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An Animated Renaissance: Tracing the resurgence in popularity of animated content

// Business, Featured

Jake Cassels, Managing Director of the award winning, next generation independent production company The Connected Set, offers some thoughts on the current state of contemporary animation series production and what the future might hold for it.

Animation has long been a tool that commissioners at media companies have relied on to deliver new and younger audiences and help their channel brands stand out during challenging times. Today, as audiences have more choice with the content they watch, will we ever see a series that is as popular or as enduring as The Simpsons again, or are we entering a new golden age for animation?

The Simpsons (Fox)

Cartoons for grown-ups

In the late 80s, The Simpsons was a crucial and early hit for Fox in the US and helped cement its reputation at a time when there was a proliferation of cable channels. In the 1990s, when Fox’s sister channel Sky 1 in the UK was struggling, The Simpsons helped establish the channel and grow paid subscriptions.

Having spent some time on BBC2 in the late 90s, Channel 4 famously paid £15m or £700,000 an episode in 2002 for rights to show season 12 and 13 and garner the audience it brought the channel. It’s no wonder The Simpsons went on to be named the 20th century’s best TV series by Time magazine.

Likewise, the rise of South Park also coincided with a huge change in viewer habits and appetites in the late 1990s. Trey Parker and Matt Stone’s original proof of concept for the show, Jesus vs Santa, was one of the internet’s first viral hits. South Park’s inimitable humour appealed to generation X and younger who grew up during the 80s comic revival and watched a lot more animated content than older generations. They appreciated the medium in a way that previous generation didn’t. It was cool for adults to enjoy cartoons. South Park massively helped the fortunes of MTV and Comedy Central, not only with big audiences but also with revenue from merchandise; toys, t-shirts, video games, movies and more. It’s still a big ratings winner for Comedy Central today.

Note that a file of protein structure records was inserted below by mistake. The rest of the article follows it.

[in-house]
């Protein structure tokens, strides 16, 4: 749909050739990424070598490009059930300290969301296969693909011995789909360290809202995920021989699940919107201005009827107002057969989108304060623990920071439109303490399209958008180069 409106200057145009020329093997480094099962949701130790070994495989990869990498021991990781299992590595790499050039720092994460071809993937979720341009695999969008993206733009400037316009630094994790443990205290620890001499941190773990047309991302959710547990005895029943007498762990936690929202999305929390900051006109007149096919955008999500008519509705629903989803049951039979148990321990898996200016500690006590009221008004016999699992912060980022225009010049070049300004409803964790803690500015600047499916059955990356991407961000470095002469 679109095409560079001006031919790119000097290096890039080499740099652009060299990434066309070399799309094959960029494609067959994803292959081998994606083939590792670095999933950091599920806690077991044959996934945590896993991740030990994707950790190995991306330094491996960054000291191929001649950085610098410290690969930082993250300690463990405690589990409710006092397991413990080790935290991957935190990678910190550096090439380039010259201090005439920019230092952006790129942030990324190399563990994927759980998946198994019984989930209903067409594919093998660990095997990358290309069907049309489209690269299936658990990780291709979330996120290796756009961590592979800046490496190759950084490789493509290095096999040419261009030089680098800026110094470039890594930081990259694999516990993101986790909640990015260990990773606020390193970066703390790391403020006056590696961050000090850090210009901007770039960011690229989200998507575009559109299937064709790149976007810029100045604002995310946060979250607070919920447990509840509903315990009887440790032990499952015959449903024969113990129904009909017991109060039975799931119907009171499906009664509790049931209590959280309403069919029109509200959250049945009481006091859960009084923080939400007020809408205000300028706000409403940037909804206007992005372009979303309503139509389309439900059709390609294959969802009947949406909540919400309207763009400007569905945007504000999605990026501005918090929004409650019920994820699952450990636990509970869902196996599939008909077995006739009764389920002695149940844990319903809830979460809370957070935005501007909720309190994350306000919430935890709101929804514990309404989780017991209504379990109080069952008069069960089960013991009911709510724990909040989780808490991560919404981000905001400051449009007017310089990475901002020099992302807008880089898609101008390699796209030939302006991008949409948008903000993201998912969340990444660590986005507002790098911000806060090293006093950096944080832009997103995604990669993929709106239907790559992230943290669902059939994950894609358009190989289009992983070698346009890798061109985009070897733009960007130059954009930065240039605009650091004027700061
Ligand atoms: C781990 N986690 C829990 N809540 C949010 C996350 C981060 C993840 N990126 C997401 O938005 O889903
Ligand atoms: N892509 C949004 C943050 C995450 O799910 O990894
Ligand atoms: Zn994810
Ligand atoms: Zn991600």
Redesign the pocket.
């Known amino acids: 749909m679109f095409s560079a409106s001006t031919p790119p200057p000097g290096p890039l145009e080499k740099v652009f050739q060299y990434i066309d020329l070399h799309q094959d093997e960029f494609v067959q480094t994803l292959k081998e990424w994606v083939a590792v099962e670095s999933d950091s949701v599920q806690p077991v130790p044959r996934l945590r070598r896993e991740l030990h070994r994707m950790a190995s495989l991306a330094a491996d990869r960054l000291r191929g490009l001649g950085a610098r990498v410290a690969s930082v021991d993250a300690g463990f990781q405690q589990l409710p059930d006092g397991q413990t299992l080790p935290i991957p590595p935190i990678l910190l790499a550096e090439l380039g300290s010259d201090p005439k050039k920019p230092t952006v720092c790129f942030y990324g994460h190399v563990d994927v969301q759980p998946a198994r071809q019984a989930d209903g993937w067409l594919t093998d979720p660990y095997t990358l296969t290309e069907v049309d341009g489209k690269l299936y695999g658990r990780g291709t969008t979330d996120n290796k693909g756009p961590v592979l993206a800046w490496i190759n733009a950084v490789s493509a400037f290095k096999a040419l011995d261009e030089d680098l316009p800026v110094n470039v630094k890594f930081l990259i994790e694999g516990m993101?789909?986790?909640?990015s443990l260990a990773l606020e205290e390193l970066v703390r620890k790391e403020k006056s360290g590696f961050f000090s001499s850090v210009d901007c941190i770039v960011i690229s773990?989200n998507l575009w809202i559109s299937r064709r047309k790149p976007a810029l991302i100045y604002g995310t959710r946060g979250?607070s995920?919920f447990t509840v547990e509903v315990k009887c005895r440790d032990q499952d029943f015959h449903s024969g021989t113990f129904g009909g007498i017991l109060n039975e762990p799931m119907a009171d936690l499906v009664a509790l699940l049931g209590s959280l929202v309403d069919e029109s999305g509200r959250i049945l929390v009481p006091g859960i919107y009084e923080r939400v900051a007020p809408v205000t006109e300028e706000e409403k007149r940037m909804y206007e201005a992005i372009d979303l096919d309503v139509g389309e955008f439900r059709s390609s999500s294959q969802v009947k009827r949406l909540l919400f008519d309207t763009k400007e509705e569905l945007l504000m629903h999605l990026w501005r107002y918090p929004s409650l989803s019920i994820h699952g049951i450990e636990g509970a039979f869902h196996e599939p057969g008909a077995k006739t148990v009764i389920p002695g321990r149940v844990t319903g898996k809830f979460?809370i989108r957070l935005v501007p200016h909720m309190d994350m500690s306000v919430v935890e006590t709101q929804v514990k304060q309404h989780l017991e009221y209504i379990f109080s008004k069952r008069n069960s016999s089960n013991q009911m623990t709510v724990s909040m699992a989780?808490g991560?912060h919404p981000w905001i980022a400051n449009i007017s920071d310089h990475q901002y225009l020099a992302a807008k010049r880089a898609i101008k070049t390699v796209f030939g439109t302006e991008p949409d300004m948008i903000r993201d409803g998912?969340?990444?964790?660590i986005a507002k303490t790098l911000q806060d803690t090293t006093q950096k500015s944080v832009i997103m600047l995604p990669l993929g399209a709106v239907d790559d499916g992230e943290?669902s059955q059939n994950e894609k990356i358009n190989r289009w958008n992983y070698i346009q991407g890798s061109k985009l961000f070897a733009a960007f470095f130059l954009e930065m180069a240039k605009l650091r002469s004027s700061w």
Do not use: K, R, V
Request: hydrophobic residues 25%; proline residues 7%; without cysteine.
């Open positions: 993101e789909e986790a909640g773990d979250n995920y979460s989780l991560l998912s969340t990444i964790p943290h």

Rick and Morty (Adult Swim)

Geek culture

One significant move by Netflix was to acquire the first three seasons of Rick and Morty, first developed for Adult Swim, the late night programming block on Cartoon Network. Rick and Morty follows the misadventures of mad scientist Rick and his grandson Morty who split their time between home and interdimensional adventures.

Democratising Production

The production techniques used on Rick and Morty and a lot of modern animated shows means any artist with Adobe Creative Suite (and a lot of time) could compete. Backgrounds are produced in Photoshop and post production in After Effects. The continued democratisation of production techniques is great news for budding single animators and writers wanting to break into the market or pilot a project on YouTube or at a festival

As uncertainty surrounding a fourth season of Rick and Morty remains at the time of writing, rumours have been circulating that Netflix may well persuade the creators, Justin Roiland and Dan Harmon, to get back into production. If they don’t succeed, we’re confident the next big comedy animation series will land on Netflix rather than a traditional TV broadcaster – unless Crunchy Roll or VRV get there before them.

Adventure Time (Cartoon Network)

Time to take a risk

But how can UK talent get a slice of the action? We know the UK has a huge number of talented animators, artists, writers and animation studios who are regularly commissioned for animated films, shorts and children’s programmes for CBeebies and CBBC projects. But, we don’t tend to see mainstream animated series like Rick and Morty, Adventure Time or Gravity Falls being developed in the UK. Is this because broadcasters in the UK don’t see the benefits animated content can bring? Are they unwilling to take a risk to break new original shows?

It would be incredible to see a show like The Simpsons developed in the UK. To achieve this, we need to encourage UK broadcasters and media companies to take that risk. If they don’t, the new SVOD players will continue to steal the march. With or without the UK broadcasters, UK animators, writers and animation studios are well placed to seize the moment. We are entering a golden age of animation but we need to fight to make that happen in the UK.

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